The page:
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He spoke of three new proposals that his government was launching to solve the Channel crisis. 

To begin, the Royal Navy would now police the Channel to prevent migrant boats landing on our beaches. 

Then those migrants that are picked up will either go to a new large holding facility at Linton-on-Ouse in North Yorkshire or be flown to Rwanda. It was a bitter irony that as he spoke, a dinghy land on the beach just a few miles away and the overworked dungeon RNLI lifeboat broke down. 

Many people that I spoke to on the South coast that day said at least they are doing something, but I can only raise half a cheer.SponsoredeToroPlayers gonna play: Investing in the gaming industryby Taboola

Rwanda

People seeking asylum in the UK could now be relocated to Rwanda under a controversial new scheme (Image: Getty)

The proposals do show that the Government finally gets the gravity of the situation, but I don’t think that any of it will work. 

Five new Royal Navy vessels are now in action in the Channel. On their first day, 562 people were taken into Border Force facilities in Dover, bringing the military in is supposed to be a strong signal to the British public that we are now getting tough. 

However, it is disappointing to report that after two days of operations there is a fatal floor.

The gun whales or sides of the boats are too high to take migrants off their inflatables. So already the Navy has been reduced to picking up and towing back to Dover empty dinghies after the RNLI had picked up the human cargo – hardly a great start. 

The new accommodation facility at RAF Linton Linton-on-Ouse in North Yorkshire is a good idea.

As I’ve covered this story over the last few years, I see more public anger at the housing of those that land in Kent in 4-star hotels than any other issue. 

The cost to the taxpayer is now an unpalatable £5 million a day. With crossings now running at three times the rate of 2021, it is reasonable to think that 75,000 or so will cross to the UK this year.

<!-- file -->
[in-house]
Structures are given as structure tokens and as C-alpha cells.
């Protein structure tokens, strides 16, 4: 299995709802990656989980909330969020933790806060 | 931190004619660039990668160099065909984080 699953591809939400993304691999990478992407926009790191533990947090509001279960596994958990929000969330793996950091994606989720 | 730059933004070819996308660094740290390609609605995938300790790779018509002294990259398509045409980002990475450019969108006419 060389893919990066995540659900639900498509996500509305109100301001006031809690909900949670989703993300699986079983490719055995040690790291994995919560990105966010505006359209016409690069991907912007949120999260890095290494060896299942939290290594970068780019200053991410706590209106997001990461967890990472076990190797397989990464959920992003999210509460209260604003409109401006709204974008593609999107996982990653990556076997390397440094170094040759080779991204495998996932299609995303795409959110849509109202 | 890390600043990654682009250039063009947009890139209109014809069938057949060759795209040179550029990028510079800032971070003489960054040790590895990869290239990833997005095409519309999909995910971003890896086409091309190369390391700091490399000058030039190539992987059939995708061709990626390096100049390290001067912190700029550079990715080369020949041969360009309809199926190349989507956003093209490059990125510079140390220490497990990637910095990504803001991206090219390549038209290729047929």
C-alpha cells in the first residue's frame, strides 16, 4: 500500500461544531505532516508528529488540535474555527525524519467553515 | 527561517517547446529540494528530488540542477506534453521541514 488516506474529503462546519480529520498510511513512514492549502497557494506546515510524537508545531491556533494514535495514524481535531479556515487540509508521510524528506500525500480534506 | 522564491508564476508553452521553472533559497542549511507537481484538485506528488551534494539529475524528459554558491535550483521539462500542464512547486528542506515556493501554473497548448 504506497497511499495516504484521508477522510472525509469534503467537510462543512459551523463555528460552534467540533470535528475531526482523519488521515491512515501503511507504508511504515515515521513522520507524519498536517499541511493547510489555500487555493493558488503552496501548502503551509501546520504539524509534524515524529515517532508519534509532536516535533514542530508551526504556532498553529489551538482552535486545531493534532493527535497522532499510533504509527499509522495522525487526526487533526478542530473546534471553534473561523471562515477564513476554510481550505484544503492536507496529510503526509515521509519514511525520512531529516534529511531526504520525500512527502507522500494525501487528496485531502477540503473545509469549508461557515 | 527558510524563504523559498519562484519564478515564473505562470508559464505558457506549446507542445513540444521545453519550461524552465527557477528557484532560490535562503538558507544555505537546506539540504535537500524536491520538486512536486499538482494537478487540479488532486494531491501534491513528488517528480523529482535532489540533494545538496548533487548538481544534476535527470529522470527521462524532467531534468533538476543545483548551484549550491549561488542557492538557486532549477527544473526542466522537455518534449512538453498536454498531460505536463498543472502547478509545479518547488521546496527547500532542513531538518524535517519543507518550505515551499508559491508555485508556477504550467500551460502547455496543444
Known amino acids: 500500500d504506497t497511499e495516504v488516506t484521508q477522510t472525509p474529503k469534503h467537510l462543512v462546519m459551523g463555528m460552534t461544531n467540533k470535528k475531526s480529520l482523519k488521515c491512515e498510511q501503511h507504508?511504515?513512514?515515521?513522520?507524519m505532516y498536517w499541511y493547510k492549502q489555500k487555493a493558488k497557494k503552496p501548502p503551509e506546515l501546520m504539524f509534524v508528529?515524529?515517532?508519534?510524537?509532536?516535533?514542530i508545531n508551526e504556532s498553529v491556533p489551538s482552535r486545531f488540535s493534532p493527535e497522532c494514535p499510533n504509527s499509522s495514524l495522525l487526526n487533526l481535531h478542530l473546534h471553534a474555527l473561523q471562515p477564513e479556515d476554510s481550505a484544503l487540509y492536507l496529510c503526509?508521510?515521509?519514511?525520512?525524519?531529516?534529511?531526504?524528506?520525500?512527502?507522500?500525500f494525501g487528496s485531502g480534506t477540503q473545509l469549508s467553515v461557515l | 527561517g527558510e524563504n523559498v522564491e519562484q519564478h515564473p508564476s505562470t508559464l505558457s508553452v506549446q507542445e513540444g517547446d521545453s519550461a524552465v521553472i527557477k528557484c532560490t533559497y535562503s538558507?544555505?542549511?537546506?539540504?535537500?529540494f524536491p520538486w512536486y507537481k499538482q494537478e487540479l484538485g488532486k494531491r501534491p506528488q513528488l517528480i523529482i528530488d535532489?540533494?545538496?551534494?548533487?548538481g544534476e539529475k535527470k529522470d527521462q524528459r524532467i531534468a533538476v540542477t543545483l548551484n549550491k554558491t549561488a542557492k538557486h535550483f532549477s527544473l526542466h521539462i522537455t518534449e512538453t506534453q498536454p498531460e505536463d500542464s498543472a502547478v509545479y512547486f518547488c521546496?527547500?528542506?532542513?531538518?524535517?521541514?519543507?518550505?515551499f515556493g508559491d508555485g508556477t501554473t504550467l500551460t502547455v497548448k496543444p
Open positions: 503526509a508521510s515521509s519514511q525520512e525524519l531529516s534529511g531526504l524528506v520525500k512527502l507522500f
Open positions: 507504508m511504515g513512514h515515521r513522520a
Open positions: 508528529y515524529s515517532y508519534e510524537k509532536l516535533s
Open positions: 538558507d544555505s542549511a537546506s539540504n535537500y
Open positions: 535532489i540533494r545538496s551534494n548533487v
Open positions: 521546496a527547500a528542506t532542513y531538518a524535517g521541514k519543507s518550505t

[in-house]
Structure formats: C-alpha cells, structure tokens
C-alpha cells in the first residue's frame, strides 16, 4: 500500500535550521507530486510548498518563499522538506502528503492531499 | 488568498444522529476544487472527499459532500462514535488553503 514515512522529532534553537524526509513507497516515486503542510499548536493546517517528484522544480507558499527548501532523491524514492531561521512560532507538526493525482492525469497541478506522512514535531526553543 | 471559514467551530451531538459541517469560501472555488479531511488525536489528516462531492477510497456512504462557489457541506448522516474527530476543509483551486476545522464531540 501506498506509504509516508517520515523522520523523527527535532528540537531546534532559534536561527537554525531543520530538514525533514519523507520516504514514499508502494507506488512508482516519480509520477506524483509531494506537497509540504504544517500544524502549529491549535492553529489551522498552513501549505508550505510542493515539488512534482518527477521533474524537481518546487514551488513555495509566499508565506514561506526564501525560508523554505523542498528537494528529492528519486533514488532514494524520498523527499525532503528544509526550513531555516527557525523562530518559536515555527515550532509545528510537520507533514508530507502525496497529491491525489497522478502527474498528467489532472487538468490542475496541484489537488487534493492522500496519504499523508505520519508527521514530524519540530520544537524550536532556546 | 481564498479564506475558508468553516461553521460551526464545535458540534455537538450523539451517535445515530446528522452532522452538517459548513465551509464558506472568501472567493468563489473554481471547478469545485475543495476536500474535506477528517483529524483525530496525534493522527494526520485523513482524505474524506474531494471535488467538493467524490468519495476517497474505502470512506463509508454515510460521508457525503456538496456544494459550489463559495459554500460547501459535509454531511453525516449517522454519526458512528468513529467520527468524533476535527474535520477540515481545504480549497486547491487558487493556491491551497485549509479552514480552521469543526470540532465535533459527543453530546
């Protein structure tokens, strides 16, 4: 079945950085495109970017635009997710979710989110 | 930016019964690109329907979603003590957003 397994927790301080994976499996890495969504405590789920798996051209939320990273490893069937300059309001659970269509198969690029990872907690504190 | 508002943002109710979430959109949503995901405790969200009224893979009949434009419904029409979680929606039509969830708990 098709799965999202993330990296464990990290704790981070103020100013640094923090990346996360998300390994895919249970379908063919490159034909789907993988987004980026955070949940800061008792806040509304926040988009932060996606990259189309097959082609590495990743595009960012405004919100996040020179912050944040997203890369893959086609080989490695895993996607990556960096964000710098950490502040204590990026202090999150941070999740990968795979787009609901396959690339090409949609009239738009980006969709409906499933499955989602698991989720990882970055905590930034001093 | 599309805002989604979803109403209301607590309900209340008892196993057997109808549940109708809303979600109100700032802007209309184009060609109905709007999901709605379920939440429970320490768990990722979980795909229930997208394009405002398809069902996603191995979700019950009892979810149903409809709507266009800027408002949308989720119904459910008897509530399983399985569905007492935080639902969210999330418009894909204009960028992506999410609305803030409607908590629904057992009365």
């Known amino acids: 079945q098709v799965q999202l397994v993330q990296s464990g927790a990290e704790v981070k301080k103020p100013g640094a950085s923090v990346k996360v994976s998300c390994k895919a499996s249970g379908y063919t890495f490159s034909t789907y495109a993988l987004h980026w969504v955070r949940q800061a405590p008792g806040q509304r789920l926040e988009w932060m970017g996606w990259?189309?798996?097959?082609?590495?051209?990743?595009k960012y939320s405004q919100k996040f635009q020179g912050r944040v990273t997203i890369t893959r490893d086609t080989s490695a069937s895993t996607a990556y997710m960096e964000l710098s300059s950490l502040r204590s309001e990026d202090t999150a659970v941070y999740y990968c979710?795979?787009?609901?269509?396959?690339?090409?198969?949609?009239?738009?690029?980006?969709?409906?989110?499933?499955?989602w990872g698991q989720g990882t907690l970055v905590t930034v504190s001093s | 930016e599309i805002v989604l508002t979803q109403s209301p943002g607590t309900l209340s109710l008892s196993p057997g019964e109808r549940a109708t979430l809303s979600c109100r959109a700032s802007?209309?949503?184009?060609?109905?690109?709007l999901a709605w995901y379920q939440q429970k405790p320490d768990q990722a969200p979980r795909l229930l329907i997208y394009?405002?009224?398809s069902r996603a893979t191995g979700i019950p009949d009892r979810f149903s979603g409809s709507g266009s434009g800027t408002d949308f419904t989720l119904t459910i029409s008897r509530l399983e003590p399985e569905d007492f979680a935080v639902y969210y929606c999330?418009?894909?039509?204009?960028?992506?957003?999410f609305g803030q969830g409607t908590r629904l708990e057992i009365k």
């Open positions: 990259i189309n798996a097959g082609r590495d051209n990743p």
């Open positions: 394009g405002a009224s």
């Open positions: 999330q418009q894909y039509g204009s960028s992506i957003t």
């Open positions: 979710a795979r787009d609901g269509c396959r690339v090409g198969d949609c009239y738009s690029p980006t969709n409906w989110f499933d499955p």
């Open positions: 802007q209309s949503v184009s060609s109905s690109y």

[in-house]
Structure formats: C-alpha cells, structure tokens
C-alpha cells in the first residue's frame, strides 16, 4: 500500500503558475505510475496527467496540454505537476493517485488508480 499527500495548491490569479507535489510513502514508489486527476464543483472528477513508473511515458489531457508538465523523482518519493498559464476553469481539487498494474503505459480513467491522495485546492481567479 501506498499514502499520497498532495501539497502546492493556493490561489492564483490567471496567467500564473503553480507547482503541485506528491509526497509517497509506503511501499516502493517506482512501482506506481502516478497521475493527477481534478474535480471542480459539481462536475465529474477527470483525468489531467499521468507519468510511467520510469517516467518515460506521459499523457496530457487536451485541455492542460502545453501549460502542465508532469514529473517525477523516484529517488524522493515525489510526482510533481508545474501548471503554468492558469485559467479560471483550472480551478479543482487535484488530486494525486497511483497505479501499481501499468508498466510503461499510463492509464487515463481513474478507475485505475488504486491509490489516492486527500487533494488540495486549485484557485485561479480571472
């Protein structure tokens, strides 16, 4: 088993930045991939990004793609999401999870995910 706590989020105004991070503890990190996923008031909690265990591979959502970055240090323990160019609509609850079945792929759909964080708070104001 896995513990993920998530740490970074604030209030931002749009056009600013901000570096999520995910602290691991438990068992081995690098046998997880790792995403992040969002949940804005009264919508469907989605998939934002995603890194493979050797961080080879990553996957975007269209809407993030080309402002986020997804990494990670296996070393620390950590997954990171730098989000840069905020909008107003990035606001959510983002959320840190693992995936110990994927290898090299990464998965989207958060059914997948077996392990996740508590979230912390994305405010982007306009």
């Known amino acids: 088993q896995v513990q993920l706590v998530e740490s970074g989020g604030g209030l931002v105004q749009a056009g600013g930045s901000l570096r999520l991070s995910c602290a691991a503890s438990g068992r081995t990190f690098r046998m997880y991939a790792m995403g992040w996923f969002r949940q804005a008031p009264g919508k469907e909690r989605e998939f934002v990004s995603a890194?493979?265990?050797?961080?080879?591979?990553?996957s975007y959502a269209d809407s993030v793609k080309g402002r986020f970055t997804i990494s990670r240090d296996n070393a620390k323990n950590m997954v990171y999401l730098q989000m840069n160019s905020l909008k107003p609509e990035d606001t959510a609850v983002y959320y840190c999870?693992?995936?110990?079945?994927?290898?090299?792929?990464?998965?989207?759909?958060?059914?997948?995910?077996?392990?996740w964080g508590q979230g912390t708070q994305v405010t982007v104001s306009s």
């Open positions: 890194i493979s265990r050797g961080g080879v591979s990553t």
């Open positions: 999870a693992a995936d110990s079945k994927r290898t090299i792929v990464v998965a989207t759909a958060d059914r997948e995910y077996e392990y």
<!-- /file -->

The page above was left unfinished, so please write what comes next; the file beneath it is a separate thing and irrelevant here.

I’m sorry to say that just one RAF base will be wholly insufficient.  That said, the idea is better than the current arrangements. 

But the big one is the plan to send young single men to Rwanda. 

If it were to actually happen, it would be a big disincentive to those considering paying criminal traffickers up to €5,000 to make the trip. 

The howls of protest from the open border modern-day Marxists were entirely predictable.

Tory Remainers are in revolt too. On the face of it, the plan is bold and Priti Patel has worked on this for many months. But will it actually happen? 

I’m sorry to say that I don’t believe it will as there are two legal stumbling blocks. 

The first is that we are still signed up to the European Convention on Human Rights that is now in parallel with UK law via the Human rights act. 

Under this law, it is difficult to even deport terrorists let alone those crossing the Channel. 

The second is the 1951 refugee convention which whilst intentioned was designed for a very different time. 

Lawyers would have a field day in preventing flights on the grounds of abuse in Rwanda, whether it’s real or not. 

Whilst the toughening of the government stance is important, we need Brexit to be completed. We must be free of European rules to really take back control of our borders.